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Carex gigantea Rudge
South Florida Status: Critically imperiled. Three occurrences in three conservation areas (Big Cypress National Preserve; Fakahatchee Strand Preserve State Park; Six Mile Cypress Slough Preserve).
Taxonomy: Monocotyledon; Cyperaceae.
Habit: Perennial terrestrial herb.
Distribution: Native to the eastern United States. Wunderlin (1998) reports it as frequent nearly throughout Florida.
South Florida Distribution: Collier, Lee, and Miami-Dade counties, and the Monroe County mainland.
South Florida Habitats: Cypress domes and strand swamps.
Protection Status: Not listed by any agency.
Aids to Identification: Tobe et al. (1998) has an illustration and a color photo.
References: Chapman, 1883; Godfrey & Wooten, 1979; Tobe et al., 1998; Wunderlin, 1998.
Historical Context: Paul C. Standley first collected giant sedge in 1916 near Fort Myers (3008, US). He made another collection there in 1927 (52549, NY). These were the only known records for the species in Lee County until 1997, when Bradley and Woodmansee observed it at the Six Mile Cypress Slough Preserve near Fort Myers. This station needs to be vouchered.
In 1917, John Kunkel Small made a collection in the Okaloacoochee Slough (8318, NY). It is unknown where Small actually made this collection. Portions of this slough are found in both Collier and Hendry counties, within Big Cypress National Preserve, the Florida Panther National Wildlife Refuge, Okaloacoochee Slough State Forest, Okaloacoochee Slough Wildlife Management Area, and on private lands. George N. Avery (1976) also reported giant sedge from the Devil's Garden area of Hendry County.
A number of collections have been made in Fakahatchee Strand Preserve State Park. The first collection was made by Frank C. Craighead in 1966 (s.n., FTG). Other collections were made in 1966 by Olga Lakela (30006, USF), in 1967 by Lakela (30744, USF), in 1975 by Steven R. Hill (2745, FTG), and in 1985 by Ruben P. Sauleda (8779, USF). It is presumably extant there.
Giant sedge also has been collected in a number of localities in and around Big Cypress National Preserve. The first collection was from the Pinecrest area by C.R. Jackson in 1949 (s.n., FTG). It was vouchered in the same general area by David and Sally Black in 1978 (177, FTG). Robert W. Long collected it in 1966 in Gator Hook Strand (1692, USF), which is located to the west of Pinecrest and south of Monroe Station, and P. Silverstone made a collection in the vicinity of Monroe Station in 1964 (96, FTG). Another collection was made in the Kissimmee Billy Strand area by Donovan S. and Helen B. Correll in 1976 (47126, FTG). Black & Black (1980) reported giant sedge as uncommon in Big Cypress National Preserve.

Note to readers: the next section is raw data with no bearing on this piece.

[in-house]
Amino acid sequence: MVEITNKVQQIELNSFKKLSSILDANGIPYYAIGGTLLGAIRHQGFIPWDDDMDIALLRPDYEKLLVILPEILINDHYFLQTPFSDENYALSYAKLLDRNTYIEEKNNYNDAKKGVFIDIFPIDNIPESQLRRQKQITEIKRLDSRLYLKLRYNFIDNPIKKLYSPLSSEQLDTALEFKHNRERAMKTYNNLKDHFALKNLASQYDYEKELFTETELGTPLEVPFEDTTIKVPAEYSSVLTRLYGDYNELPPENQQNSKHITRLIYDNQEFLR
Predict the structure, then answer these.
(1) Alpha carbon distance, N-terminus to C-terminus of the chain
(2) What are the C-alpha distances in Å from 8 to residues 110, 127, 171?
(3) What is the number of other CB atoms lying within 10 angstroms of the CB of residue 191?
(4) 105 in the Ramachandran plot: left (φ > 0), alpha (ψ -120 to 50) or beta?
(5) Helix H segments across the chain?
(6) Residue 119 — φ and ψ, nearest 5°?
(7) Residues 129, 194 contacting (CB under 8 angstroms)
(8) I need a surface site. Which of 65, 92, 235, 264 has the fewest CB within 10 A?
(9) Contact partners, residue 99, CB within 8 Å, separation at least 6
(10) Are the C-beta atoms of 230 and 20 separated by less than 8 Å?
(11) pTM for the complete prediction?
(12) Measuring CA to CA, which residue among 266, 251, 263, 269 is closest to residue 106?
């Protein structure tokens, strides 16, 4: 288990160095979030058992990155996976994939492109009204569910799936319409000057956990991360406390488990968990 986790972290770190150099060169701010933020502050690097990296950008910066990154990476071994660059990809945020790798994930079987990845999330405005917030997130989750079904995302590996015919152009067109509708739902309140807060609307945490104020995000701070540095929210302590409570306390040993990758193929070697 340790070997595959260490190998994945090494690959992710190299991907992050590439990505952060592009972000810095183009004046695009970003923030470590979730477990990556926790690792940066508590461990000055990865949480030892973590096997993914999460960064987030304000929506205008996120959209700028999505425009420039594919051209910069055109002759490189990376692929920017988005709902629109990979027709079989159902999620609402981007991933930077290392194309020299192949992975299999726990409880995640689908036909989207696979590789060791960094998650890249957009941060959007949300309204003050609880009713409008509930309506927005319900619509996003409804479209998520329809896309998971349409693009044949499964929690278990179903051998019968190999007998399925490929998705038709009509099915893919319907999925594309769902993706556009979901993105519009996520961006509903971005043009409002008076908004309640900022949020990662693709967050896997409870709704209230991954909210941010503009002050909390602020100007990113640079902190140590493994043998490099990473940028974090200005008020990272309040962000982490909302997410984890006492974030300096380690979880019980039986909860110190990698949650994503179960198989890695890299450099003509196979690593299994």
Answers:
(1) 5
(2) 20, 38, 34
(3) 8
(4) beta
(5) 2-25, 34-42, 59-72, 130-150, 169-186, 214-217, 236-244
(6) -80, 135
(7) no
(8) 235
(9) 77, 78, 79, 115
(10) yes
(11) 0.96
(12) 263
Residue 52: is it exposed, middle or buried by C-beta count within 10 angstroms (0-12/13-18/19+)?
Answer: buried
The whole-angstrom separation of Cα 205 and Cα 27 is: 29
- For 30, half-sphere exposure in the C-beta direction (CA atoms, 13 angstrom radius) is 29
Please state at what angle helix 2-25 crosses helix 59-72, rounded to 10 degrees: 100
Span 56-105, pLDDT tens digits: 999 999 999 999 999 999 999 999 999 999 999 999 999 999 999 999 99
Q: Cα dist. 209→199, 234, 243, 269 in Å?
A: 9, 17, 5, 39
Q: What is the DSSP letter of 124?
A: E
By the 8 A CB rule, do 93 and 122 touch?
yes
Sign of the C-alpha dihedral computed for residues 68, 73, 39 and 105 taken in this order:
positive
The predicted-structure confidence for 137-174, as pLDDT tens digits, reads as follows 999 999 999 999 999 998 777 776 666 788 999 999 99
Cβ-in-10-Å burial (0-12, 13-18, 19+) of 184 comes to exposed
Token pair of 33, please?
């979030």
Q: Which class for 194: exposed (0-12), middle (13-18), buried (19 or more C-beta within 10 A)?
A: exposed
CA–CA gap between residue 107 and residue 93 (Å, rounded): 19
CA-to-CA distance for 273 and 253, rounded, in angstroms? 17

A single collection was made in Miami-Dade County in 1965 by R. Metzger (188, USF). The collection was made in a disturbed area, and may not represent a native population.
Major Threats: Exotic pest plant invasions; hydrological modifications; recreational off-road vehicle use in Big Cypress National Preserve; wild hog damage.
Comments: Because of the difficulty in identifying Carex species, other stations may remain unreported.
Recommendations: • Voucher plants at Six Mile Cypress. • Survey Okaloacoochee Slough in Big Cypress National Preserve, Florida Panther National Wildlife Refuge, Okaloacoochee Slough State Forest, Okaloacoochee Slough State Forest, and the Devil’s Garden area in Hendry County. • Map and monitor known stations on a regular basis.
Gann, G.D., K.A. Bradley and S.W. Woodmansee. 2001-2013.